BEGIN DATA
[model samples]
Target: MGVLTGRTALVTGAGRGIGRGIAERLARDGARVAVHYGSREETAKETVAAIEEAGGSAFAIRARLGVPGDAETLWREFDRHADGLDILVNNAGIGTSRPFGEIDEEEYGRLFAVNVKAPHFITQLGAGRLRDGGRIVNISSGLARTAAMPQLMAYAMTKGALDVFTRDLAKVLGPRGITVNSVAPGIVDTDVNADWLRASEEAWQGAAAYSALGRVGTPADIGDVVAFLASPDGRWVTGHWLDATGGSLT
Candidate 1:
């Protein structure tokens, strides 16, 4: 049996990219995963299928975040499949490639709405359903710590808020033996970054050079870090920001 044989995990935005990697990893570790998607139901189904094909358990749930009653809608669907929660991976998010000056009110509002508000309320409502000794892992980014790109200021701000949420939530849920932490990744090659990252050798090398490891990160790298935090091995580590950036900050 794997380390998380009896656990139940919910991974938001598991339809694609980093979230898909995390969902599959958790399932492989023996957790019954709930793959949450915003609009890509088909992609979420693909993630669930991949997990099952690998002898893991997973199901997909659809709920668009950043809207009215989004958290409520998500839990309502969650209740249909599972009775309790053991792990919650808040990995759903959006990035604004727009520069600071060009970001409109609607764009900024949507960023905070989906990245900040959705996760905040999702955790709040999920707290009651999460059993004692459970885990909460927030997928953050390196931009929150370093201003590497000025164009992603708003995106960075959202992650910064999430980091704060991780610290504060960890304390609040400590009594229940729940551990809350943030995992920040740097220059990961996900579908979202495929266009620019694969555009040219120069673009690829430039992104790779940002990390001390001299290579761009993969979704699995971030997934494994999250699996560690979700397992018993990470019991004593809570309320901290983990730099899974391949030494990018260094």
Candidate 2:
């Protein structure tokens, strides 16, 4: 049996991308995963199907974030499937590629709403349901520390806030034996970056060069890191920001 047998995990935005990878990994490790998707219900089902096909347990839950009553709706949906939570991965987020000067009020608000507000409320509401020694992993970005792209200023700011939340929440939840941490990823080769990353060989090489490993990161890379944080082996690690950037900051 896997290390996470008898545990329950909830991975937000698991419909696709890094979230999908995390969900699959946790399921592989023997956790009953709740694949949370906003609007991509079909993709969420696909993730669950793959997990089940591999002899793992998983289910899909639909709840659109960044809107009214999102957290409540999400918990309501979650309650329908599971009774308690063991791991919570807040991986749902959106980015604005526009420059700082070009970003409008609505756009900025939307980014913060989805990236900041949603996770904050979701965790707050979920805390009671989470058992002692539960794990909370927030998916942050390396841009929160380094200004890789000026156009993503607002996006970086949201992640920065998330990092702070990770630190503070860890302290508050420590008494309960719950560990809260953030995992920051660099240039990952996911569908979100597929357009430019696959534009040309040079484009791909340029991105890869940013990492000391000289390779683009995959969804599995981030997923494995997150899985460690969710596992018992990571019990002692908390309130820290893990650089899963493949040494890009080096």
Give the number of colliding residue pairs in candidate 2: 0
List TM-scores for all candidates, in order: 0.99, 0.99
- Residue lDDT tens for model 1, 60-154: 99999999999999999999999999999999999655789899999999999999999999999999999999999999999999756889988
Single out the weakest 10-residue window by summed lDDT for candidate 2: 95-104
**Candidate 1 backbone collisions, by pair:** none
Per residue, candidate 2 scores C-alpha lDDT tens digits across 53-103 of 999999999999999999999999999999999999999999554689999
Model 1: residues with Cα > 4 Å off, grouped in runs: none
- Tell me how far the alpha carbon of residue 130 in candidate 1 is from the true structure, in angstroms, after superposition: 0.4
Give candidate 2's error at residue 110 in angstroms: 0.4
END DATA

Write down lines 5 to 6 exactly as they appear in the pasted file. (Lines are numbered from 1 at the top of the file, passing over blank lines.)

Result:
Candidate 2:
């Protein structure tokens, strides 16, 4: 049996991308995963199907974030499937590629709403349901520390806030034996970056060069890191920001 047998995990935005990878990994490790998707219900089902096909347990839950009553709706949906939570991965987020000067009020608000507000409320509401020694992993970005792209200023700011939340929440939840941490990823080769990353060989090489490993990161890379944080082996690690950037900051 896997290390996470008898545990329950909830991975937000698991419909696709890094979230999908995390969900699959946790399921592989023997956790009953709740694949949370906003609007991509079909993709969420696909993730669950793959997990089940591999002899793992998983289910899909639909709840659109960044809107009214999102957290409540999400918990309501979650309650329908599971009774308690063991791991919570807040991986749902959106980015604005526009420059700082070009970003409008609505756009900025939307980014913060989805990236900041949603996770904050979701965790707050979920805390009671989470058992002692539960794990909370927030998916942050390396841009929160380094200004890789000026156009993503607002996006970086949201992640920065998330990092702070990770630190503070860890302290508050420590008494309960719950560990809260953030995992920051660099240039990952996911569908979100597929357009430019696959534009040309040079484009791909340029991105890869940013990492000391000289390779683009995959969804599995981030997923494995997150899985460690969710596992018992990571019990002692908390309130820290893990650089899963493949040494890009080096």